Christy was unable to discuss the specifics of the claims because attorneys are involved. But she did explain that these claims are not being paid out by the city’s sewer backup program because the issue wasn’t a sewer backup problem. Instead, they’re being handled through a damage claim process, which has less stringent protocols in place.
Dave Altman, an attorney representing Blanken, Collins and others who have already settled with MSD, created a protocol for the Northside claims: the “Expedited Northside MSD Claim Protocol.” It was signed by an attorney for the city, county and Northside residents in October of 2019.
The protocol states that, “The City will use best efforts to provide a good faith written settlement offer within 14 days after receipt of the claim.”
Altman said the sewer district has never questioned any itemized lines in the remediation and restoration claims submitted on behalf of his clients.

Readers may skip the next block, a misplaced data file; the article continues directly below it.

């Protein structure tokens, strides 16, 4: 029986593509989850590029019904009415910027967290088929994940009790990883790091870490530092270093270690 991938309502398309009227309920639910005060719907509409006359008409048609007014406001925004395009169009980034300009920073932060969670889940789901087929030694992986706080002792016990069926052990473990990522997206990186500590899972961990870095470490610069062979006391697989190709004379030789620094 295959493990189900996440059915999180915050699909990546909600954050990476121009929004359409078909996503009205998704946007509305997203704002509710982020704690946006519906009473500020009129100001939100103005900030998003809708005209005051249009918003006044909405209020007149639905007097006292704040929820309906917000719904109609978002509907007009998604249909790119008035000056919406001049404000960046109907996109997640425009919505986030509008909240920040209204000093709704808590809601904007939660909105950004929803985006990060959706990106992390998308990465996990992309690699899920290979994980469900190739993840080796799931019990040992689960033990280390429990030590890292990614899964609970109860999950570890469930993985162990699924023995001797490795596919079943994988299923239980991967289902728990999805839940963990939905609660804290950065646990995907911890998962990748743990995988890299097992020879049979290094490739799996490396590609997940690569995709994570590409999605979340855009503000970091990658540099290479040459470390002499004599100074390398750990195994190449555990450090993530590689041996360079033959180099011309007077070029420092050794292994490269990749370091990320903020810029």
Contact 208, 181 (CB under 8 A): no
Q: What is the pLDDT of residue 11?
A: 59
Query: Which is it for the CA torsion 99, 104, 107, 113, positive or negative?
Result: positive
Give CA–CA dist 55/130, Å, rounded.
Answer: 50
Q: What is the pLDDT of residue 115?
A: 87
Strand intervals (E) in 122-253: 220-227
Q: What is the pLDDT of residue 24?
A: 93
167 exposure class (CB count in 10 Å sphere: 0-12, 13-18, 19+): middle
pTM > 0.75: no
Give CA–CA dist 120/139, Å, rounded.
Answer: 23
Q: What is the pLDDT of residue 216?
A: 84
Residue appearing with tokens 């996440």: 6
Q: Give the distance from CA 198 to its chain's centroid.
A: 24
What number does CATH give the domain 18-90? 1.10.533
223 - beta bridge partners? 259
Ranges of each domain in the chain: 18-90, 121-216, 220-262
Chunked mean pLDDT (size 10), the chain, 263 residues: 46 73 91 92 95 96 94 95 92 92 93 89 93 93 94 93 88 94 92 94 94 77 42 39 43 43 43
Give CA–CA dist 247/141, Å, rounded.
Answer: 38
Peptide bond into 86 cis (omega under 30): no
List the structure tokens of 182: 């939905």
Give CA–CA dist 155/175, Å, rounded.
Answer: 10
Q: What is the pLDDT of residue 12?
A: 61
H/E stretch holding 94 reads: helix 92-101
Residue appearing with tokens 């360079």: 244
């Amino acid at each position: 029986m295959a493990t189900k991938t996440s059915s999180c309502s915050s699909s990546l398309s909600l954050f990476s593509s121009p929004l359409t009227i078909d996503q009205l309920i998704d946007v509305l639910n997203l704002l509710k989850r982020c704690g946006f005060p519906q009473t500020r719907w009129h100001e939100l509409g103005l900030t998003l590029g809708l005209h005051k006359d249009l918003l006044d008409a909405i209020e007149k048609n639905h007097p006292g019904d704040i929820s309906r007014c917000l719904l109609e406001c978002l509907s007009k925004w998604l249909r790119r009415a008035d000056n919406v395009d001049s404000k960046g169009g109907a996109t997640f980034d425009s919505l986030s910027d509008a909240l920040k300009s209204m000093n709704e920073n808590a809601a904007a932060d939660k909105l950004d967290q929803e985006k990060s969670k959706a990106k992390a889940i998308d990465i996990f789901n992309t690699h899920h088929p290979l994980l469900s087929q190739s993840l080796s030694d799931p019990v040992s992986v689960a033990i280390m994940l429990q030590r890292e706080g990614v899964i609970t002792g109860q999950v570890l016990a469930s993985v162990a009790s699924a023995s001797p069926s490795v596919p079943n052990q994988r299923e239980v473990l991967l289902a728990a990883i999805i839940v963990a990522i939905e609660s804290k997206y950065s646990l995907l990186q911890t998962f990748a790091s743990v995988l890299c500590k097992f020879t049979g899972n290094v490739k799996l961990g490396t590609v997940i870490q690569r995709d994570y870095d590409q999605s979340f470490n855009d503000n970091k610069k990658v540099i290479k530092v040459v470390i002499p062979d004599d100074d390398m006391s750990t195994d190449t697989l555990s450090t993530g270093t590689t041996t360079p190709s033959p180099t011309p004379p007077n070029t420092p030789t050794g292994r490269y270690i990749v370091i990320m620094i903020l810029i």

“We had no reason to understand why (the Metropolitan Sewer District) did not pay what was requested,” he said.
When asked why claims are still not settled, Christy said, “It is our job to make sure we are being responsible with these public ratepayer dollars. And therefore we have to evaluate the claims and evaluate the documentation that is provided to this to make sure we’re paying for damages that were caused during the flooding event.”
She also said, “It’s not always about the dollar amount. It’s just about the subject matter and what happened. It does get complicated when attorneys are involved.”
Christy hopes the claims will be settled soon, without both sides having to go to court.
So does Rosa Collins.
“This is two years now," Collins said. "Two years. Think about it. Think about two years ago, what were you doing. Let them come and live like this. And let them see what it’s like, because it’s actually, it’s bull. It’s no fun.”